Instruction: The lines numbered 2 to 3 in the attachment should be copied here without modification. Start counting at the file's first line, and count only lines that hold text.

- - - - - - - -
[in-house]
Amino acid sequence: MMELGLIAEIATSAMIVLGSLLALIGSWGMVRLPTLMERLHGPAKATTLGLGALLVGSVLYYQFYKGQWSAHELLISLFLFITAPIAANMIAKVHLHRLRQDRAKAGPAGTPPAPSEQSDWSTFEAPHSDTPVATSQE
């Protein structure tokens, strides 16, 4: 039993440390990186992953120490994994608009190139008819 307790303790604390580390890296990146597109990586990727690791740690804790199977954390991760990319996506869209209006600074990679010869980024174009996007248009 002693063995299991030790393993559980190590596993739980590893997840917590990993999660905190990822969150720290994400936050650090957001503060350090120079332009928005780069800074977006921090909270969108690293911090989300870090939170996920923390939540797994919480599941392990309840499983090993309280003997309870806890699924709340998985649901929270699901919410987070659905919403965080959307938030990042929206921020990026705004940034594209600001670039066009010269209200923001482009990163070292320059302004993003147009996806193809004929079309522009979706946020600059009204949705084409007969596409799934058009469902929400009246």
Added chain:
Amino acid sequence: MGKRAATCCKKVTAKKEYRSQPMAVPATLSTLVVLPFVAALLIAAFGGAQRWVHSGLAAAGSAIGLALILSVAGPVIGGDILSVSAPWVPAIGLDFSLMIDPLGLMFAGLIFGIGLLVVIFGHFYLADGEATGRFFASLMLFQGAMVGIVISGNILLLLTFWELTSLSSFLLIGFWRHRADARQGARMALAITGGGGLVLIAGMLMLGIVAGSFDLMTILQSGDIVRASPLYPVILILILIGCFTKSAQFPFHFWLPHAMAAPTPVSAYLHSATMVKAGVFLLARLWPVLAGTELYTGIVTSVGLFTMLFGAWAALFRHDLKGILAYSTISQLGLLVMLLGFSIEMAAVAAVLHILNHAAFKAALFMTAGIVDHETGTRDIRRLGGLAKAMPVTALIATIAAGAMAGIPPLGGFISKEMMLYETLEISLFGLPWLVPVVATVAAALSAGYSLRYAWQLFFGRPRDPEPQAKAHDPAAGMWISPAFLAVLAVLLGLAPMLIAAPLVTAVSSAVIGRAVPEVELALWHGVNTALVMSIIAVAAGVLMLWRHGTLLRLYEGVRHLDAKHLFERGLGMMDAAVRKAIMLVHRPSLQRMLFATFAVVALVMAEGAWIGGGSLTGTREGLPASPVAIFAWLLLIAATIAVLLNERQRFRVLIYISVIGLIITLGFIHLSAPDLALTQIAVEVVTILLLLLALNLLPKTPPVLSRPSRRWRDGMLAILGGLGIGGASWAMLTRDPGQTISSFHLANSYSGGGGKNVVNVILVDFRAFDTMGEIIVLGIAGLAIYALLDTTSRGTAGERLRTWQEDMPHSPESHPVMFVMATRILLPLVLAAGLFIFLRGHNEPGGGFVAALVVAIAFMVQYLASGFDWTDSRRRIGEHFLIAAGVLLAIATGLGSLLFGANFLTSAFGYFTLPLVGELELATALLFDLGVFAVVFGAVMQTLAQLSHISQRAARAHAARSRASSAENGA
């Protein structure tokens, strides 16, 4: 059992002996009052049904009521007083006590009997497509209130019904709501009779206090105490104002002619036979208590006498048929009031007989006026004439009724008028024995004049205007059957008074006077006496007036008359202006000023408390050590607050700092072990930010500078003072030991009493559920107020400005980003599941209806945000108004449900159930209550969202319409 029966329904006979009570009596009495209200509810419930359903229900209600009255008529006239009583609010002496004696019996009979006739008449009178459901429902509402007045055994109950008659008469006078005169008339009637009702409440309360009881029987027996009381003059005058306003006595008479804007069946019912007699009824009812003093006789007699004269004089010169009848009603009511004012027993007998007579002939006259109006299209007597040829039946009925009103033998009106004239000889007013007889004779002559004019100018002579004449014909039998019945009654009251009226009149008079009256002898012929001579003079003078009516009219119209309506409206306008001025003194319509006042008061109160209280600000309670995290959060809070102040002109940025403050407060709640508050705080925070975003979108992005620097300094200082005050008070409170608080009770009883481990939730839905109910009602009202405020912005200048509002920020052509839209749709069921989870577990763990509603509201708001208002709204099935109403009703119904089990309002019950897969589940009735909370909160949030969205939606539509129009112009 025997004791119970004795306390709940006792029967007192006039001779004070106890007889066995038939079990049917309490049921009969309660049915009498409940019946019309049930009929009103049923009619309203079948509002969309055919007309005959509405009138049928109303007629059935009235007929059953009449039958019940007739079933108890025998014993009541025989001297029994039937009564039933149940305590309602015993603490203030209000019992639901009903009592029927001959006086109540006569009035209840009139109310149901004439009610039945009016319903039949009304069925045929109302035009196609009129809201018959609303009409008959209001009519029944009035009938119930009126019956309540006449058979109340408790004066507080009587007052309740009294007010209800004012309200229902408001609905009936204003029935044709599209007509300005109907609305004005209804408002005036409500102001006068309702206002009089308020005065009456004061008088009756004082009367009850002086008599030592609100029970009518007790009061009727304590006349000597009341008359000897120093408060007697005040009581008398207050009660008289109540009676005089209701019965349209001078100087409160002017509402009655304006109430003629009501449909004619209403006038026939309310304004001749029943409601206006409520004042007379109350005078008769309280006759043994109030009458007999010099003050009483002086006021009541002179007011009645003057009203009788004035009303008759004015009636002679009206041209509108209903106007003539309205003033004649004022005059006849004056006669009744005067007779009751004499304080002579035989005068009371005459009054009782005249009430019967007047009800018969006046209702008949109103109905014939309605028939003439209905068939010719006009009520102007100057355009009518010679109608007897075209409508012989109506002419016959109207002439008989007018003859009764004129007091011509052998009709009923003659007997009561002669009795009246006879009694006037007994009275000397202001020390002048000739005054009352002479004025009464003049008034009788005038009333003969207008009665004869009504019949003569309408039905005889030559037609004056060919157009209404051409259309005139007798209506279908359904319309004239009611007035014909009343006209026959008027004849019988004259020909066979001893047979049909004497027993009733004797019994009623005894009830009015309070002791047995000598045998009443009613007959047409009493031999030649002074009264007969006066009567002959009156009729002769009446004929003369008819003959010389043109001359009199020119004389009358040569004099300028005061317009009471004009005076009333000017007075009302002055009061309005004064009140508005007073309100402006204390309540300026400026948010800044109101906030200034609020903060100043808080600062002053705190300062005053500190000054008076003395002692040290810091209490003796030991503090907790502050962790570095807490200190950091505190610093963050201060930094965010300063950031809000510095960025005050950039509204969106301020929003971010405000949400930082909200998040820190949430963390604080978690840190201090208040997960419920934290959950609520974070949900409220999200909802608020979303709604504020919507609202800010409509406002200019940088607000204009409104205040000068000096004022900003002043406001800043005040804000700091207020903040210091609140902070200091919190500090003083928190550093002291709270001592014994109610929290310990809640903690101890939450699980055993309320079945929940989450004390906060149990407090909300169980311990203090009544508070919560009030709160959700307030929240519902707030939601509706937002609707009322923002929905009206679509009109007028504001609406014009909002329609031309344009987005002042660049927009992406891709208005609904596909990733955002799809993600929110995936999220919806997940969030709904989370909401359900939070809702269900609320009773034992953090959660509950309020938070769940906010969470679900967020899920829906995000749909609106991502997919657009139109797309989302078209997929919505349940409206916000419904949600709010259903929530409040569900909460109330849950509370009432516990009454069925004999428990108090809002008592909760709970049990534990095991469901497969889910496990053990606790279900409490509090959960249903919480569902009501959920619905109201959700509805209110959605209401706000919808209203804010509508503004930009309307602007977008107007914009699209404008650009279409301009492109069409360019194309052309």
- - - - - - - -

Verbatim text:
Amino acid sequence: MMELGLIAEIATSAMIVLGSLLALIGSWGMVRLPTLMERLHGPAKATTLGLGALLVGSVLYYQFYKGQWSAHELLISLFLFITAPIAANMIAKVHLHRLRQDRAKAGPAGTPPAPSEQSDWSTFEAPHSDTPVATSQE
């Protein structure tokens, strides 16, 4: 039993440390990186992953120490994994608009190139008819 307790303790604390580390890296990146597109990586990727690791740690804790199977954390991760990319996506869209209006600074990679010869980024174009996007248009 002693063995299991030790393993559980190590596993739980590893997840917590990993999660905190990822969150720290994400936050650090957001503060350090120079332009928005780069800074977006921090909270969108690293911090989300870090939170996920923390939540797994919480599941392990309840499983090993309280003997309870806890699924709340998985649901929270699901919410987070659905919403965080959307938030990042929206921020990026705004940034594209600001670039066009010269209200923001482009990163070292320059302004993003147009996806193809004929079309522009979706946020600059009204949705084409007969596409799934058009469902929400009246």